From winless to wonders
Holtz, Gamecocks look to prove they're no fluke
By Chris Low, Special to CNNSI.com
Give Lou Holtz a captive audience, and he's magic.
Give him a football team to rebuild, and history has shown that it doesn't take him very long to work his magic.
A year ago at this time, South Carolina was the laughingstock of the college football world. The Gamecocks owned the nation's longest losing streak at 21 games, and Holtz's reservoir of witty one-liners was beginning to run dry.
But as the 2001 season approaches, the laughter in Columbia, S.C., has turned to excitement and unbridled anticipation.
The 64-year-old Holtz has done it again.
He's taken a South Carolina program left for dead and placed it solidly among the Top 25 teams in the country. And listening to the players, last season's 8-4 finish was only the start.
"The standard has been set at our place, and it comes from coach Holtz," said senior linebacker Kalimba Edwards, who at 6-foot-6 and 260 pounds is one of the most coveted NFL prospects in the SEC. "It's not to win seven games, or eight games, or nine games. It's to win every one of our games.
"It was the same way when we were 0-11. They would have laughed at us then if I would have said that, but I don't think anybody's laughing now."
Anybody who thinks coaching is overrated at the college level might want to consider the depths from which the Gamecocks have come. The 0-11 record in Holtz's first season came with an offensive line that started eight different combinations.
If that wasn't enough, the Gamecocks were forced to play five different quarterbacks and ranked last among 114 Division 1-A teams in scoring (7.9 points).
But with defensive coordinator Charlie Strong, an up-and-coming star in his profession, Holtz was able to put a defense on the field in 1999 that was better than respectable. That same defense was dominant at times a year ago, and Holtz was able to spread the offense and tinker with it just enough to keep teams honest.
The Gamecocks' win against Georgia during the second week of the season was huge. So was their last-minute win against Mississippi State two weeks later.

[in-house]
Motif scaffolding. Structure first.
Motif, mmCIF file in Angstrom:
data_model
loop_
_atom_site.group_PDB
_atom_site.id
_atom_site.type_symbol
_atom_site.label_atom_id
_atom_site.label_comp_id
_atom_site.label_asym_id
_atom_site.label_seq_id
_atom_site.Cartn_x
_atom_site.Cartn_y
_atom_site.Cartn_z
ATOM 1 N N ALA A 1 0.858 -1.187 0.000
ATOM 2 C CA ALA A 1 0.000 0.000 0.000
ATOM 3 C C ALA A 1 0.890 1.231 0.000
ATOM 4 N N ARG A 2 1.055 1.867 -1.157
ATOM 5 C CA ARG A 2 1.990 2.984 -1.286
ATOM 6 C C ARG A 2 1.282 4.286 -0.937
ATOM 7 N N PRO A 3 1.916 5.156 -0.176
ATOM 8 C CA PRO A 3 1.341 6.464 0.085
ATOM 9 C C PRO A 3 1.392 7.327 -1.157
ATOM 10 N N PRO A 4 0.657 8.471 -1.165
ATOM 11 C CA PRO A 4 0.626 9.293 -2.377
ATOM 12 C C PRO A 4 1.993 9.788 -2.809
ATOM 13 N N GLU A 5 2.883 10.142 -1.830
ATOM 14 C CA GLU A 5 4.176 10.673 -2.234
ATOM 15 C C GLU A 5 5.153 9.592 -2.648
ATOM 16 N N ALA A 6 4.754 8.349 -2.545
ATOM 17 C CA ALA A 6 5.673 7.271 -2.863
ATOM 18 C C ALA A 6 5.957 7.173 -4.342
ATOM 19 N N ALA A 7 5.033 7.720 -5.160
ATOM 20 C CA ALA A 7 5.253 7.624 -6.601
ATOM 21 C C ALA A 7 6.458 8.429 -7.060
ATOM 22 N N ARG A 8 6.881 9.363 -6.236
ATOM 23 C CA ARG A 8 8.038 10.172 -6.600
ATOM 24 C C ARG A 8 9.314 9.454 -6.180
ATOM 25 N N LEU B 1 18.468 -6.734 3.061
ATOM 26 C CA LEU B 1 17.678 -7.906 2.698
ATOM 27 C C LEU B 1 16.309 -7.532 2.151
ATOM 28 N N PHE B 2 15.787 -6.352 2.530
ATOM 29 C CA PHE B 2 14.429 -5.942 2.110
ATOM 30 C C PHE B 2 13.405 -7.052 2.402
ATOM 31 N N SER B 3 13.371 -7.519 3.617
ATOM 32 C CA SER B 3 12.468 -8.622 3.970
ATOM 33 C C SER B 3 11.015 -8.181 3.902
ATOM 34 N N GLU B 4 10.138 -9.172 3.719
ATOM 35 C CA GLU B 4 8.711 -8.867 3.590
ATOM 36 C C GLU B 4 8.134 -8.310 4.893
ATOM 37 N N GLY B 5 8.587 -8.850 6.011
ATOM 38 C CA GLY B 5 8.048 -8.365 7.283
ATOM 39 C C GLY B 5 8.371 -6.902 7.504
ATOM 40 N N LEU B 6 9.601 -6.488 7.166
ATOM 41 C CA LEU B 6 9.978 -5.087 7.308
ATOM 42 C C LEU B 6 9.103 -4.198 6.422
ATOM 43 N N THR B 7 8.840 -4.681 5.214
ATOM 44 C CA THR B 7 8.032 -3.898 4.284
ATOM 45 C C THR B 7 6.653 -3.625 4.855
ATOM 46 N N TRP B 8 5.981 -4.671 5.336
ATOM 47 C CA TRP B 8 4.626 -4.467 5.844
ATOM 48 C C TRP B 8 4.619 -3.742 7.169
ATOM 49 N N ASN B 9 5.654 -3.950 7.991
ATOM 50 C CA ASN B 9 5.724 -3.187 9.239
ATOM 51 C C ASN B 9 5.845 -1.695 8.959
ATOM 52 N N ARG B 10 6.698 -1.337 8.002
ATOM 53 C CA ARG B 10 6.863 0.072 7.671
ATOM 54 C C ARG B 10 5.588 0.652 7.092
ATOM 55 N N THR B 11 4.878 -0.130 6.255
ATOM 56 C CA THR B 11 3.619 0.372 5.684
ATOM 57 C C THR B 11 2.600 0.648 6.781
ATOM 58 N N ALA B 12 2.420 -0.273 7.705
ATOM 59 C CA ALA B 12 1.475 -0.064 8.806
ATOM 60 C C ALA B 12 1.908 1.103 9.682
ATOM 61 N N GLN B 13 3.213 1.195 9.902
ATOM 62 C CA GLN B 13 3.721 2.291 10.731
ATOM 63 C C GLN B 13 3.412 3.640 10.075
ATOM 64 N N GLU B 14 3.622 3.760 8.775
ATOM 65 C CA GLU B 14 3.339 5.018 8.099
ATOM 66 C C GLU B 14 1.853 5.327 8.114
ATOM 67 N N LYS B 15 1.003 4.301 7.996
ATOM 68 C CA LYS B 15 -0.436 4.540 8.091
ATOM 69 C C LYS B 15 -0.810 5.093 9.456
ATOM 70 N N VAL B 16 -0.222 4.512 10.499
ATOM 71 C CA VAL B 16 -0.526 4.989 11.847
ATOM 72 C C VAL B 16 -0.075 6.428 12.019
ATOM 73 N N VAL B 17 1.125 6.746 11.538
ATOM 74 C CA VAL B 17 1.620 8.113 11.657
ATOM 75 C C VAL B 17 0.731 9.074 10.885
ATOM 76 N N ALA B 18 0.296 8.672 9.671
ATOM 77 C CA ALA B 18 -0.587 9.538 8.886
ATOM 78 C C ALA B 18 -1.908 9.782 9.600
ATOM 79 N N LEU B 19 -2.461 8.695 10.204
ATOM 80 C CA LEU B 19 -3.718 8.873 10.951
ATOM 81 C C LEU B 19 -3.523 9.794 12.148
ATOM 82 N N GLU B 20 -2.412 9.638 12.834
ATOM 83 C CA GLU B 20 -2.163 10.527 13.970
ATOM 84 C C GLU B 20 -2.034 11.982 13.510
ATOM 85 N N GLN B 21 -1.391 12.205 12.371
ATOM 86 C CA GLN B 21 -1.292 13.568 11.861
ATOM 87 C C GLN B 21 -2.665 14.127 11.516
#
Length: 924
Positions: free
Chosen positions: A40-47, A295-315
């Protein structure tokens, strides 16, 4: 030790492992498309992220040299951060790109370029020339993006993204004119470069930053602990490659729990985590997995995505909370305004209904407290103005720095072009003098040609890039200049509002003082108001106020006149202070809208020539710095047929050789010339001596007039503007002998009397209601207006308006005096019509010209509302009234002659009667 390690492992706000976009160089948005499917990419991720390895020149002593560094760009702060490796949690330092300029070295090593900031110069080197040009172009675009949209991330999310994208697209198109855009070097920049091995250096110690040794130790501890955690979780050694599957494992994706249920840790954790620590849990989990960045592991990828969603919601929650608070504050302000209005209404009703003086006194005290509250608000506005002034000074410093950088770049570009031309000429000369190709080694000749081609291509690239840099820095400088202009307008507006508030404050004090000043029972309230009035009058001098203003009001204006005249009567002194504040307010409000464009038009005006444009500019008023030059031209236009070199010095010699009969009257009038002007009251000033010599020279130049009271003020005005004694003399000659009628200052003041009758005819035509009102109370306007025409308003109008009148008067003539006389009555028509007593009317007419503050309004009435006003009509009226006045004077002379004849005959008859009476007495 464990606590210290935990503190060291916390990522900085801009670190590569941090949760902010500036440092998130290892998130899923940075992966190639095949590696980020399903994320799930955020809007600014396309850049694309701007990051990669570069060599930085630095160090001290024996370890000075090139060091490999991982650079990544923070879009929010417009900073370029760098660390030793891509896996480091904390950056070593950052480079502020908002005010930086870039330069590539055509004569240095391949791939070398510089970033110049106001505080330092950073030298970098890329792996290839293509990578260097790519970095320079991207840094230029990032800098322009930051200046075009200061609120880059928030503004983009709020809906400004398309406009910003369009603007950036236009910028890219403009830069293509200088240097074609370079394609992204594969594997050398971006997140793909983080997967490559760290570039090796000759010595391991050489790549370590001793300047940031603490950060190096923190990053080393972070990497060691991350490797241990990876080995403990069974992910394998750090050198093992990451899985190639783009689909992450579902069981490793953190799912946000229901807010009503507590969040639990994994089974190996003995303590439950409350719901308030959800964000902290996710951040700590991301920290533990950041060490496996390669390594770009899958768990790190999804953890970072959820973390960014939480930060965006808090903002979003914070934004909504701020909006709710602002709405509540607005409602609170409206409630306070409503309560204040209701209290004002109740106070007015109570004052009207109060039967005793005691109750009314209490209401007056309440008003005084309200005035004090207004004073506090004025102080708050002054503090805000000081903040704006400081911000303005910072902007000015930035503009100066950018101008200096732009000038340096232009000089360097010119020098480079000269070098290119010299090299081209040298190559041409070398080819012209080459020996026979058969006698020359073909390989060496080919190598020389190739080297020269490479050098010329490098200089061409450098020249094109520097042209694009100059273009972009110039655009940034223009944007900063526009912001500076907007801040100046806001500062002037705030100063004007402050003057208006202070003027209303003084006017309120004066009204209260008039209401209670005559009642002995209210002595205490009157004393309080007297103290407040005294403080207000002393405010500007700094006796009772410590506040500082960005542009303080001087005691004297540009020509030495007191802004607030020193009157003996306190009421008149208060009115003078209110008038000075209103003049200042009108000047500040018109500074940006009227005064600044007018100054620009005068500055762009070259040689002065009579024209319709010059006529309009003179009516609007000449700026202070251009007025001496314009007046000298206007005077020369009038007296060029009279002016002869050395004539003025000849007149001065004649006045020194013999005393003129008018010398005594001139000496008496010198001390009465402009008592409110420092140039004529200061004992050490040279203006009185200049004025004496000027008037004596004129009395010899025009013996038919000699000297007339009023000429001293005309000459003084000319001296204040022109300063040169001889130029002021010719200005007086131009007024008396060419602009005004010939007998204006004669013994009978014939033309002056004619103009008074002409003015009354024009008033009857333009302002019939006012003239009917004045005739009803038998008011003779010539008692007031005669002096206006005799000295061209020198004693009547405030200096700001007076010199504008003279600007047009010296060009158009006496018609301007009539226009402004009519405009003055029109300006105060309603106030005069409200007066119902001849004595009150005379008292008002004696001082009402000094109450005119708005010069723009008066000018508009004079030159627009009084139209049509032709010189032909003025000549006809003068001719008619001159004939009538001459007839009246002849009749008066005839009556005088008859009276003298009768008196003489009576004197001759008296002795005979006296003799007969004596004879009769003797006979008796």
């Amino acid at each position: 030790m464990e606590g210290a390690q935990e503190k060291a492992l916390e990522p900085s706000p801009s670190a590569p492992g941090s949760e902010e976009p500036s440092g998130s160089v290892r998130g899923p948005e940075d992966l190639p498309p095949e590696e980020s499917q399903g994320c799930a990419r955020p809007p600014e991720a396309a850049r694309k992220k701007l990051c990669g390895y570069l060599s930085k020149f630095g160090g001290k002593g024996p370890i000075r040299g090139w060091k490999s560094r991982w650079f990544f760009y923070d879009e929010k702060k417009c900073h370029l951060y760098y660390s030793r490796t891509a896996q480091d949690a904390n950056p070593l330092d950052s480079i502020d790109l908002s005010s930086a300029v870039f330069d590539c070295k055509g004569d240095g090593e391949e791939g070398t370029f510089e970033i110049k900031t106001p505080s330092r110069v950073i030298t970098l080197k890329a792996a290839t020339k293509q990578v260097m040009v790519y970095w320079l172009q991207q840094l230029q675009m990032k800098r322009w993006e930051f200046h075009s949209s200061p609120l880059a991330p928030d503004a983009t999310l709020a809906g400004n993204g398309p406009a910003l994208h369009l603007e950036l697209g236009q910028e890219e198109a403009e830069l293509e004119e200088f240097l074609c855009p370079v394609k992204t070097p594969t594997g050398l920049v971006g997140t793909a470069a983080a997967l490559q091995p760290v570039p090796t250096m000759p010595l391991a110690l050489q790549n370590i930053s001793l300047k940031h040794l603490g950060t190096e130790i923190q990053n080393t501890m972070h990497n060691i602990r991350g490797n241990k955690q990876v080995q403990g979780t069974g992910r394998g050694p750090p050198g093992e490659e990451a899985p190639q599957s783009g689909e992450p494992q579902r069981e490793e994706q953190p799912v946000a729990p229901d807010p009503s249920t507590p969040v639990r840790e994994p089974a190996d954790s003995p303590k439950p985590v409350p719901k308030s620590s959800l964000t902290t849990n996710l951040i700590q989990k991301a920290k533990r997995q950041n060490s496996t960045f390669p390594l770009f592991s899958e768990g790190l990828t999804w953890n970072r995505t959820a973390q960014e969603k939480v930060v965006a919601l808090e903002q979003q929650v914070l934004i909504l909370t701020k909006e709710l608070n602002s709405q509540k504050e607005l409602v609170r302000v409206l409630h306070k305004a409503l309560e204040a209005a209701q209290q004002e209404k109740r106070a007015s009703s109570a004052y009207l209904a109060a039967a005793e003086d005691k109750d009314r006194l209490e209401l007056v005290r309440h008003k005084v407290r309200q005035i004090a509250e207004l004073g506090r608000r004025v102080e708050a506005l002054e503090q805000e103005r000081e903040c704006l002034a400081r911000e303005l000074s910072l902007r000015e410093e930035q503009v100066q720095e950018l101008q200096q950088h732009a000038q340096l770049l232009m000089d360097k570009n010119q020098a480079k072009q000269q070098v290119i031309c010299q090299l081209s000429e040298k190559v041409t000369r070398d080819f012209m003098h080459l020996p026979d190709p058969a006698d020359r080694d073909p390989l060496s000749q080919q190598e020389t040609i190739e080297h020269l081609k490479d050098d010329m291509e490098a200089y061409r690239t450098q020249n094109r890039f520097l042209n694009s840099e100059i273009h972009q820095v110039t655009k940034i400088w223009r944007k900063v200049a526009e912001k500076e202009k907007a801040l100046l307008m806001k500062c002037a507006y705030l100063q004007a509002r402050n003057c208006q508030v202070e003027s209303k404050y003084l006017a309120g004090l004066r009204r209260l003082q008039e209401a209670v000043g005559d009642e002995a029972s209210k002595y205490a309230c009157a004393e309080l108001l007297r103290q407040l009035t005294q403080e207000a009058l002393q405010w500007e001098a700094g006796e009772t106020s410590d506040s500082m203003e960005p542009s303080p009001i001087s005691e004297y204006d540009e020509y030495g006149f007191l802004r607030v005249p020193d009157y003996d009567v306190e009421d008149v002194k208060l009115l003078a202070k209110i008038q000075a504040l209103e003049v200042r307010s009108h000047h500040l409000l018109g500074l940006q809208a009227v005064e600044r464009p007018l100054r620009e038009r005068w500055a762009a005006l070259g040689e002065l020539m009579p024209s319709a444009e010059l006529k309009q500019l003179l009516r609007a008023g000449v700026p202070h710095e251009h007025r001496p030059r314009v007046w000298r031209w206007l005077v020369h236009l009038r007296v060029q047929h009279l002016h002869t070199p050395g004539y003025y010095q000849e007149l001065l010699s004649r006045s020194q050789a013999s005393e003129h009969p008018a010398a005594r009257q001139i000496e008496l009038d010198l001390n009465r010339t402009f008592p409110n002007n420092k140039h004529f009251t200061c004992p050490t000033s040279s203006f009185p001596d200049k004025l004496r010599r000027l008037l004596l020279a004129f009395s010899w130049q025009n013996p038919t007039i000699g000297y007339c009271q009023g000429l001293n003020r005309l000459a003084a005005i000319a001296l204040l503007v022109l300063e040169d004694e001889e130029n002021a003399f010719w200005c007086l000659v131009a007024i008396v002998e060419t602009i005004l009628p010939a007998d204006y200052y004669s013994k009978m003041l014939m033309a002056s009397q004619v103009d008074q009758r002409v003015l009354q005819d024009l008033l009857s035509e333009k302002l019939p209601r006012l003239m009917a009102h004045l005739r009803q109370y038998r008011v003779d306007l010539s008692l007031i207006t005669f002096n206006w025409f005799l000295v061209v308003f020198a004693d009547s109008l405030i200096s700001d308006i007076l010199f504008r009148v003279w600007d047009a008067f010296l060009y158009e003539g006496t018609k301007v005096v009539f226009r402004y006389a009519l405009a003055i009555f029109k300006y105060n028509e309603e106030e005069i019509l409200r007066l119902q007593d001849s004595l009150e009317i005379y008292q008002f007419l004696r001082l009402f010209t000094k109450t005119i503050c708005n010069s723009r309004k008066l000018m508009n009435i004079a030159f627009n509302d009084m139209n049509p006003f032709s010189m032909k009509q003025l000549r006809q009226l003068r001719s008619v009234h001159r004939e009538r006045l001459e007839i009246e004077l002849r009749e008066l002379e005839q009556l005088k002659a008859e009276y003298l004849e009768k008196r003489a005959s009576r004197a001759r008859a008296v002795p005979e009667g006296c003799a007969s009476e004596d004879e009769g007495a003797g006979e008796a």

After losing a late-season heartbreaker to Tennessee, South Carolina still went into Florida with a chance to win the SEC's Eastern Division. The Gamecocks led 21-3 at one point, but wound up losing. They lost the next week to bitter rival Clemson, too.
But in the Outback Bowl, even with star runner Derek Watson serving a suspension, South Carolina spanked Ohio State 24-7 to complete one of the most remarkable turnarounds in SEC history.
"It was a matter of rallying around each other, and that's what coach Holtz made us realize," said senior quarterback Phil Petty. "Going through [the 0-11 season] made us stronger. I don't think this will be a team that rattles easily."
The Gamecocks return eight starters on offense and nine on a defensive unit that led the SEC in scoring defense and was sixth nationally last season.
"Talent-wise, we'll be good," said Holtz, the only coach in NCAA history to have guided six different teams to bowl games. "We can be competitive in the SEC. We can win and will win, and it's not going to be an up-again, down-again thing. We were a Top 20 team, and I see no reason why we can't be there again."
What's gone is the surprise factor. Nobody will take the Gamecocks lightly this time around. And once again, the Georgia game (Sept. 8 in Athens) will set the tone for the season.
"It's not like they're the sleeping giant anymore," said Georgia linebacker Will Witherspoon. "They're not going to sneak up on anybody this season."
Perhaps not, but South Carolina cornerback Sheldon Brown said that's more of an excuse for everybody that lost to the Gamecocks a year ago. What's more, Brown thinks there are still plenty of doubters out there.
"To tell you the truth, people still think we're not going to win," Brown said. "People don't believe in us. They might believe in coach Holtz, but they don't think we've got the kind of talent it takes to win in this league. They don't now, and they didn't last year."
It shouldn't hurt any that Watson will be back this season, barring any more incidents. The SEC's total all-purpose leader a year ago (166.7 yards per game) was disciplined twice more this offseason, first for shoving an intramural basketball referee and later on allegations he punched a female student in the arm. Watson was required by Holtz to do certain things in order to return to the team. Holtz, while declining to be specific, said he's satisfied that Watson has done those things.
To a man, the Gamecocks insist they don't want a repeat of last season. They expect better.
The same goes for the fans, some of the most loyal in the country. Never mind that South Carolina -- a program steeped in mediocrity -- has won just two bowl games in its history and manufactured only one season of nine or more wins.
"We've got a lot to prove, because if we don't do it this year, everybody is going to say last year was a fluke," Edwards said. "I think that's in the back of everybody's minds.
"We understand we're not too far removed from 1-10 and 0-11, but we also know that 8-4 is not the standard. It's higher.
"We just didn't believe it before," he said. "We believe it now."
Chris Low covers the SEC for The Tennesseean. His "This Week in the SEC" column will appear weekly during the season.